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Scenes from some of our top bars and clubs

These spots merit some hang time even if you don't stay for the food

Bars we're thirsting for at presstime, either yet to open or too new to review

Best spots for $2 Guinness pints, judgment-free dancing, White Sox sightings, and more


REGGIE’S MUSIC JOINT Along with its adjoining sister spots—Reggie’s Rock Club, a full-scale concert venue, and Record Breakers, a record shop—RMJ fills a void in the South Loop. Music runs from metal to reggae to live-band karaoke, while the bar itself is rooted in a rockabilly vibe, with vintage concert posters and more than a dozen flat-screen TVs. The 70 beers (25 on tap), extensive bourbon and whiskey options, and eclectic mix of people are good reasons to stay south of Madison Street. 2105 S. State St.; 312-949-0120, reggieslive.com food available | outdoor seating | cover charge | live music

THE SHRINE This comeback act from Joe Russo (Funky Buddha, Sinibar) is the South Loop’s only full-fledged nightclub; the Afrocentric décor and a music lineup heavy on soul, R & B, and hip-hop offer a refreshing change of pace. Everyone from Ludacris to the Roots has dropped by since the club’s open­ing last June, and though bottle service is part of the game plan, it’s possible to simply pay the cover and let loose with a cocktail or two on the main dance floor. For big shots, there is an attached VIP lounge, The Coup d’etat. 2109 S. Wabash Ave.; 312-753-5700, theshrinechicago.com cover charge | live music | dj


SIMONE’S With a funky décor grafted together from vintage pinball machines, church pews, and bowling alley flooring, this haunt feels a little like the set of a Tim Burton movie. Sensory overload aside, habitués appreciate the creative cocktails, uncommon craft beers, and hard-to-find cans such as Big Sky Moose Drool and Ska Brewing Modus Hoperandi IPA. 960 W. 18th St.; 312-666-8601, simonesbar.com food available | outdoor seating | dj (See “Budget Beat.”)

SKYLARK Before there was Simone’s, there was Skylark, a no-frills rec room of a bar from the owner of Rainbo Club, among others, for folks like him: aging hipsters who had fled Wicker Park’s suburban invasion in favor of Pilsen. And thus, the gentrification began. But when we’re happily wolfing down plates of pulled pork and $4 pints of Rogue Juniper Pale, it’s hard to point fingers. 2149 S. Halsted St.; 312-948-5275 food available | live music (Sun.)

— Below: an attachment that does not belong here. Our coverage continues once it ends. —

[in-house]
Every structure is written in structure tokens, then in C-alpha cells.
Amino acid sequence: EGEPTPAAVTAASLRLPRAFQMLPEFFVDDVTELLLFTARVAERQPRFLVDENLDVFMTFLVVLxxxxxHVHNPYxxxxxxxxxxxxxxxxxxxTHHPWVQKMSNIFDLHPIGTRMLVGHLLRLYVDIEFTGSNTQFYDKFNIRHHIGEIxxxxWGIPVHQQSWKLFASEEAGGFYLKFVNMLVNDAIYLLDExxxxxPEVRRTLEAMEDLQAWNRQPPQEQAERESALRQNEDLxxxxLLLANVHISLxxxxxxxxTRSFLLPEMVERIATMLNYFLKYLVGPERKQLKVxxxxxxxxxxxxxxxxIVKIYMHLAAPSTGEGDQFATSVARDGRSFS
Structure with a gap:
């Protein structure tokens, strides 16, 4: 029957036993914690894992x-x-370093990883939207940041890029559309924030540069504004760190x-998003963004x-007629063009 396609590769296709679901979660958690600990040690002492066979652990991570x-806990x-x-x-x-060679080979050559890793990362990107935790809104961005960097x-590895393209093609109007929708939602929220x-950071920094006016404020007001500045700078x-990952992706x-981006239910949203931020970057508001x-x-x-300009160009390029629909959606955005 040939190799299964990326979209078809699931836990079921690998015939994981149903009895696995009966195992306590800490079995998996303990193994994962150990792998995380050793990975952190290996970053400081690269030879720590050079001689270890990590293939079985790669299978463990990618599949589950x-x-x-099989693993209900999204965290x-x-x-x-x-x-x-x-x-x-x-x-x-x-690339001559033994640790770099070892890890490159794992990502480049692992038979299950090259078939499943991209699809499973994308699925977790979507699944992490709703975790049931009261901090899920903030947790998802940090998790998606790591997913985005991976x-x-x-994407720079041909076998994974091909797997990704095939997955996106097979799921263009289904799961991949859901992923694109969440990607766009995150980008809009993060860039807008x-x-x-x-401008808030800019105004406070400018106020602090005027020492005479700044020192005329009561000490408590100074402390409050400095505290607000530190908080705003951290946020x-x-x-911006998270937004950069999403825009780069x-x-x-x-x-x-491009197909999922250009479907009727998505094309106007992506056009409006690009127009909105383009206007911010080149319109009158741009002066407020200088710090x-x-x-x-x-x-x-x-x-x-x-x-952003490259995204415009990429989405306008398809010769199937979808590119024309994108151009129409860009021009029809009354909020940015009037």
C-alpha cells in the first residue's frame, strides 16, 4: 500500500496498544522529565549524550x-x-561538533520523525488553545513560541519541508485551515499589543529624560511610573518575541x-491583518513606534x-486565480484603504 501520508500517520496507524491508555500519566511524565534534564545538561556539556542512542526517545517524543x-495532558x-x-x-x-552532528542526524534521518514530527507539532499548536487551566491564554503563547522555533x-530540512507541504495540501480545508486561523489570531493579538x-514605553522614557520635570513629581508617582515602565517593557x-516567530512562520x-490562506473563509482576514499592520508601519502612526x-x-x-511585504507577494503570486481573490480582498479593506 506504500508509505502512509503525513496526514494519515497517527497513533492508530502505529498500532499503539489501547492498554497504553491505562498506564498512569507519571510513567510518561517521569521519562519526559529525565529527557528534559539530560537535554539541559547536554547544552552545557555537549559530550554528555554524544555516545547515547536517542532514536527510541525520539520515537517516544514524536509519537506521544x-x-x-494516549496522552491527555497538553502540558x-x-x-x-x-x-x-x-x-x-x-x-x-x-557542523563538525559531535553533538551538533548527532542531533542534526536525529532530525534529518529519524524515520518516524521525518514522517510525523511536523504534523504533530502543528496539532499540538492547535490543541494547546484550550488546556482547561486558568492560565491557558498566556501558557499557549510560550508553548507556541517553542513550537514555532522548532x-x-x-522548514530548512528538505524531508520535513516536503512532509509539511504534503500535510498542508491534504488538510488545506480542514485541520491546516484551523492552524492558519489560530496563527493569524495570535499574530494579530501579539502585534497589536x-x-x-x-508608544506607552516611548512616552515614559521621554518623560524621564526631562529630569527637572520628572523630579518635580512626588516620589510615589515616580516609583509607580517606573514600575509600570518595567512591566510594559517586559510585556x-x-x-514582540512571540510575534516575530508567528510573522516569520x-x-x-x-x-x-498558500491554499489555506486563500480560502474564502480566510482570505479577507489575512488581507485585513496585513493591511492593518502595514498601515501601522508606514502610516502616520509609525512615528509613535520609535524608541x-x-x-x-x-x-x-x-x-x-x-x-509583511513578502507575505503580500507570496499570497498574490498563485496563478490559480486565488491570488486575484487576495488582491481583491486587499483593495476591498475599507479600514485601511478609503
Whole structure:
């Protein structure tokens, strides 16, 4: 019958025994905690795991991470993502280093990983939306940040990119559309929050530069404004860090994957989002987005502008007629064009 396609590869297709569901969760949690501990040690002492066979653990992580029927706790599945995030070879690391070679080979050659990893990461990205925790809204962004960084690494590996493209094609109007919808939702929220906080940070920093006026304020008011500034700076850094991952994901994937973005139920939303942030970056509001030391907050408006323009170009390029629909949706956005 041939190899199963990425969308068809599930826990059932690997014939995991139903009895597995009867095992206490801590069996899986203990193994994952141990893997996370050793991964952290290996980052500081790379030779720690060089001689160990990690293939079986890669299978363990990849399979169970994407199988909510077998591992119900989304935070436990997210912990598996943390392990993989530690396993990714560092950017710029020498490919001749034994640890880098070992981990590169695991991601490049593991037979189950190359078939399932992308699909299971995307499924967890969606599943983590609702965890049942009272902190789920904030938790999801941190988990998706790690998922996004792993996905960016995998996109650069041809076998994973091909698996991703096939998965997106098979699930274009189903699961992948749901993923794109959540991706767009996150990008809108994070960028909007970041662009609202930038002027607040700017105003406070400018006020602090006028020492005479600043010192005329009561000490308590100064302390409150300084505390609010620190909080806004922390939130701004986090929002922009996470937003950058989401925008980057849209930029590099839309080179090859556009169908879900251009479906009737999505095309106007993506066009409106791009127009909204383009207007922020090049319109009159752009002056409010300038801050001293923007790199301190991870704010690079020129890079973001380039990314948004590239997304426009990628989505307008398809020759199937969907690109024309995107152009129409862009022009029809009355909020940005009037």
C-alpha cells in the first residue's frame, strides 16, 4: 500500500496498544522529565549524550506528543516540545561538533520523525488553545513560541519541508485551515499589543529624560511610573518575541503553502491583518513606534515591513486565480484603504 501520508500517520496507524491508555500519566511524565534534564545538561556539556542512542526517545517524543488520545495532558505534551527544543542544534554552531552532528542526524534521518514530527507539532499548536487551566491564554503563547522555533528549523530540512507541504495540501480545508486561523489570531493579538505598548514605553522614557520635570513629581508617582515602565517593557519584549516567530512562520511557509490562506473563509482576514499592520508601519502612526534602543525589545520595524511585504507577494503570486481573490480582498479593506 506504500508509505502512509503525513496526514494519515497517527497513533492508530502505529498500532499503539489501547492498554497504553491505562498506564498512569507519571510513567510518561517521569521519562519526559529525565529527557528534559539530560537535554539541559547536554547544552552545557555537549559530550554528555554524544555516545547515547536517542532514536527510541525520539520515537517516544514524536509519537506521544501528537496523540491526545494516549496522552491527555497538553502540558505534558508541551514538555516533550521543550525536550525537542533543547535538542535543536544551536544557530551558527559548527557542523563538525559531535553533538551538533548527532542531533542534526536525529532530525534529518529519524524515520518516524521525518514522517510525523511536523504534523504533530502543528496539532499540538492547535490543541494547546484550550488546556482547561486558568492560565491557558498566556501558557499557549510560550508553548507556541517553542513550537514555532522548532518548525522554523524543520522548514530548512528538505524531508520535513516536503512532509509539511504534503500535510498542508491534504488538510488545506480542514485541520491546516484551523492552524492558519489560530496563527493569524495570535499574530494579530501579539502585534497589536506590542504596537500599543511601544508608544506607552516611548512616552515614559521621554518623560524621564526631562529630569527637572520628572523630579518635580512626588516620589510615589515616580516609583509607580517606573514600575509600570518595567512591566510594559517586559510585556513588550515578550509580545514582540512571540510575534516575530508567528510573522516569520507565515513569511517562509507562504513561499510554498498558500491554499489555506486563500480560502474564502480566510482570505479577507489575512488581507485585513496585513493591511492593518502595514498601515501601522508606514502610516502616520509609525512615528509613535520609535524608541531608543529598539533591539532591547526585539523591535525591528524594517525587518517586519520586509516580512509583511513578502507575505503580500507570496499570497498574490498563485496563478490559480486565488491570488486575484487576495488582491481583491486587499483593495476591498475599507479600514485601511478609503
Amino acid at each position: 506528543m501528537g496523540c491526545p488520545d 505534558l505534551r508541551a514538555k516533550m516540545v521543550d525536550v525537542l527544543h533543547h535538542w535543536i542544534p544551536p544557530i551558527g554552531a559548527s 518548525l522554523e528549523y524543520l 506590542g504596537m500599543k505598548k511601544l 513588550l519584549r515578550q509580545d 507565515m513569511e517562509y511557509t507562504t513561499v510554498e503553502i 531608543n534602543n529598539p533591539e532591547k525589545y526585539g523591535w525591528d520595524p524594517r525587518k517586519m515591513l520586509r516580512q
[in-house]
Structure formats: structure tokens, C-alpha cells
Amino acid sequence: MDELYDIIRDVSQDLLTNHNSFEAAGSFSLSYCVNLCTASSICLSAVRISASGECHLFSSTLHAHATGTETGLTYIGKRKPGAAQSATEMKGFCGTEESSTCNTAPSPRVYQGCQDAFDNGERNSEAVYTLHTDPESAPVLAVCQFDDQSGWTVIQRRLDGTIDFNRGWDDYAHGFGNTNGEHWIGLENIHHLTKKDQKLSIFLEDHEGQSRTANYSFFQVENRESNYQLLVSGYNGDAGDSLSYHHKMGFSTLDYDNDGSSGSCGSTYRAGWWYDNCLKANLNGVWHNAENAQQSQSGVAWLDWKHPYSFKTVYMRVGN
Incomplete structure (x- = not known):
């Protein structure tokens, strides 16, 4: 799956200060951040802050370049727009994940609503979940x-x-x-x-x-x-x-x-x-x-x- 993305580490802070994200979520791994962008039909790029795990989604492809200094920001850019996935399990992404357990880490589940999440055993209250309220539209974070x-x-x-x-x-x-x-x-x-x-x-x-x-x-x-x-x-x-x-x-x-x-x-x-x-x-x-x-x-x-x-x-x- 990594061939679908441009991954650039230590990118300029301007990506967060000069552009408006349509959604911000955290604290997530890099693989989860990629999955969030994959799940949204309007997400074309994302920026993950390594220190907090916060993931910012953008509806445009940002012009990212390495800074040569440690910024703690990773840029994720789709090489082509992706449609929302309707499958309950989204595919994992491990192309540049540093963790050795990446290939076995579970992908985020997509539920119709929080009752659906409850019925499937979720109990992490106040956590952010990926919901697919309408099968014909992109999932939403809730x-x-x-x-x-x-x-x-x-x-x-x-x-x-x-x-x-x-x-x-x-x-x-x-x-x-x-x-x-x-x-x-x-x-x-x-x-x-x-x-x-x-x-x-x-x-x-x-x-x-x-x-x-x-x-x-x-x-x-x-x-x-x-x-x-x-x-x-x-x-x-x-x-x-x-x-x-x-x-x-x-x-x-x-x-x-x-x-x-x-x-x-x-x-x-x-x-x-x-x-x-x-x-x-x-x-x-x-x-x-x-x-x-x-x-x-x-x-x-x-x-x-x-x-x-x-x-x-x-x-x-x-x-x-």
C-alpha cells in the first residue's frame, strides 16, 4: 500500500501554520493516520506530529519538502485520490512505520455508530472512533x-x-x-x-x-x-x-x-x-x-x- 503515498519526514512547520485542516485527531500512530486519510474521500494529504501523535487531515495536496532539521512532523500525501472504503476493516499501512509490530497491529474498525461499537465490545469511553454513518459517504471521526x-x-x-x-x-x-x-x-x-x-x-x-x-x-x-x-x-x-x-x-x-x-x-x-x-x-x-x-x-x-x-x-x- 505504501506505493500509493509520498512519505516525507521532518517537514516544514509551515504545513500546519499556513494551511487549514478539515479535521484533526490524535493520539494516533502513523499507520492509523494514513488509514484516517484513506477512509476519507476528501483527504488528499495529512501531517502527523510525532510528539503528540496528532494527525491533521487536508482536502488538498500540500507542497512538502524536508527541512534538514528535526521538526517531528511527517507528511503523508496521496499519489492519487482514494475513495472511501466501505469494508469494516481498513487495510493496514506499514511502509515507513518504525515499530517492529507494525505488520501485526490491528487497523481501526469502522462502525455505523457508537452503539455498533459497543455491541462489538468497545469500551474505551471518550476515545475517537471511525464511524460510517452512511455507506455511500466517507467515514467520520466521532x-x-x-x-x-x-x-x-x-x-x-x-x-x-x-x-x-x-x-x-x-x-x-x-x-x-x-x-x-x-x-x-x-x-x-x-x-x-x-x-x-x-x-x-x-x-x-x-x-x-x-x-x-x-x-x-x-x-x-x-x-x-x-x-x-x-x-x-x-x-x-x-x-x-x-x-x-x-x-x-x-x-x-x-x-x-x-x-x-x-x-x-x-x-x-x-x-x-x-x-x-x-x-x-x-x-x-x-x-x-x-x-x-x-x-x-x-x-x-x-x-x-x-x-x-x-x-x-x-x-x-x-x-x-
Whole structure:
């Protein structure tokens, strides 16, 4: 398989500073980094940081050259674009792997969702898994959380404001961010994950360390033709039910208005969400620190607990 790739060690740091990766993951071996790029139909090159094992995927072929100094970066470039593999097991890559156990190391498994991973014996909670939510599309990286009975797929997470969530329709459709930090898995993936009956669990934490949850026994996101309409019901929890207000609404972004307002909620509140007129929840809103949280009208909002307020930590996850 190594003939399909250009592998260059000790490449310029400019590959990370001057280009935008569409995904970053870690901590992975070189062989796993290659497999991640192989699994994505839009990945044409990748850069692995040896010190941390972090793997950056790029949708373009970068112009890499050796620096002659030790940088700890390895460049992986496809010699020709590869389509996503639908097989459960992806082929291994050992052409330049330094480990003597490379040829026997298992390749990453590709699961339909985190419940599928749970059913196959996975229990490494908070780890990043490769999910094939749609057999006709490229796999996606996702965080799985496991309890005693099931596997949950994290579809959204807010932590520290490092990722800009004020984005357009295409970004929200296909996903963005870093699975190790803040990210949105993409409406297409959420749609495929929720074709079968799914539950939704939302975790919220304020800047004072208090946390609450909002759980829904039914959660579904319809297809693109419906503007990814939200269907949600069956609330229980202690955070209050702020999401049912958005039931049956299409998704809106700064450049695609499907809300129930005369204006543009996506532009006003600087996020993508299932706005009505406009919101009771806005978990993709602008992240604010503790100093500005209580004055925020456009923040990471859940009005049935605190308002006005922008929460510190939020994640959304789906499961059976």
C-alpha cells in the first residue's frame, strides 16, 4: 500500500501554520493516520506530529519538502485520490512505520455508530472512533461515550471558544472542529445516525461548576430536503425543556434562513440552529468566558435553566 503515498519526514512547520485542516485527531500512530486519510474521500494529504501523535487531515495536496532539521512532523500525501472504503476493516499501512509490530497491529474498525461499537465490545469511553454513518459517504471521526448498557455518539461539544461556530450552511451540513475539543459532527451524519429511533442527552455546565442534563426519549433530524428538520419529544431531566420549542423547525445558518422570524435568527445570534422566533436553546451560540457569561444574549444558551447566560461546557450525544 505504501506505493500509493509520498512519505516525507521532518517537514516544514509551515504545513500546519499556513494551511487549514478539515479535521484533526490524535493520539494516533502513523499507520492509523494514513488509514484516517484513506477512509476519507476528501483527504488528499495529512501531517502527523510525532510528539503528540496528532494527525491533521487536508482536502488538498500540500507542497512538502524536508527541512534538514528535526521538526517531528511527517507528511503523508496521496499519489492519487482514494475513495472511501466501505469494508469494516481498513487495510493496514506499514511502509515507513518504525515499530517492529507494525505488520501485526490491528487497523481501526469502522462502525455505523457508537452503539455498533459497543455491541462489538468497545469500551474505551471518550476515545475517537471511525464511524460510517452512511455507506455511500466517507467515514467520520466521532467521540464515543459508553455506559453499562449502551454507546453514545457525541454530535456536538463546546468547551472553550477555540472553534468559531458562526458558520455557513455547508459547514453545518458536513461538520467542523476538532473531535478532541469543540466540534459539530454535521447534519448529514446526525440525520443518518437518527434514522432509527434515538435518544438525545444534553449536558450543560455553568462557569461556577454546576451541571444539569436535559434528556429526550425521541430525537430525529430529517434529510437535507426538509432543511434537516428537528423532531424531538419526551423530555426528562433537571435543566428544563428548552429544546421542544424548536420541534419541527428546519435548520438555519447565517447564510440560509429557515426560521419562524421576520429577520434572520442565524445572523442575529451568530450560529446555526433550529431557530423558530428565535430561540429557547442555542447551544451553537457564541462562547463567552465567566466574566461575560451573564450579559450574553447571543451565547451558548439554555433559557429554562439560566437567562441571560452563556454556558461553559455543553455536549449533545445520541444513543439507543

BERNICE’S TAVERN One of the last “buzzer bars,” this Bridgeport spot has been ringing in patrons since 1965; lately that includes the neighborhood’s new breed of hipsters. The appeal is décor (old bourbon jars and street signs, a CTA fare box) that wouldn’t be out of place in your great-uncle’s basement, cheap drinks (including Jeppson’s Malort and a wide array of Czech pilsners), and a killer jukebox (doo-wop to Irish folk to old-school R & B). 3238 S. Halsted St.; 312-907-1580, bernicestavern.com

COBBLESTONES BAR & GRILL White Sox fans flock to this handsome hangout during baseball season for the relaxed vibe, quality food, and cost-conscious drink list—but the place merits a visit any time of year. Sip from the assortment of microbrews and imports at the beautiful in-the-round oak bar with polished brass trim. 514 W. Pershing Rd.; 773-624-3630, cobblestonesmenu.com food available

SCHALLER’S PUMP The word “Pump” recalls this historic establishment’s long-ago connection to a nearby brewery, which pumped its beer into the bar. During Prohibition, the place became a speakeasy. Going back even further, Schaller’s served its first meal in the 1880s, making it Chicago’s oldest restaurant. Today the place teems with White Sox fans, along with colorful regulars who never left Bridgeport. 3714 S. Halsted St.; 773-376-6332 food available


WOODLAWN TAP With its B-plus beer list, edible food, and patchy ventilation system (thank you, smoking ban), Jimmy’s, as it’s universally called, is nothing special on the surface. But thanks to its U. of C.–ish clientele, talk to—or eavesdrop on—your unassuming neighbor and you may hear the birth of a new exegesis of Nietzsche. 1172 E. 55th St.; 773-643-5516 food availabl


LEE’S UNLEADED BLUES This tiny corner bar, huddled near the Chicago Skyway, is popular with neighborhood regulars and U. of C. students for its cheap drinks. But it’s also one of the best spots in the city to hear free blues in a disco-dive setting of mirrored walls and dazzling lighting. The crowd that packs in on weekends can’t resist moving to the hot licks. 7401 S. South Chicago Ave.; 773-493-3477 live music

NEW APARTMENT LOUNGE This spacious spot has dive written all over it, right down to its powder-blue Formica bar and gray carpeting (a renovation is planned for early 2010). But on Tuesdays it transforms into something special when the saxophone master Von Freeman takes over the shoehorned-in stage for no-cover jazz jam sessions. With its late-night liquor license, the bar attracts wee-hours revelers who keep the party going. 504 E. 75th St.; 773-483-7728 open late | cover charge (occasionally) | live music


CORK & KERRY A visit to the Far South Side isn’t complete without a pilgrimage to the best Irish pub in town. In fact, we’d say it deserves its own trip for the beautiful oak bar, spacious beer garden (heated and enclosed in bad weather), and impressive lineup of drafts, Irish whis­key, and single-malt Scotch. 10614 S. Western Ave.; 773-445-2675, corkandkerrychicago.com food available | outdoor seating | live music (occasionally)

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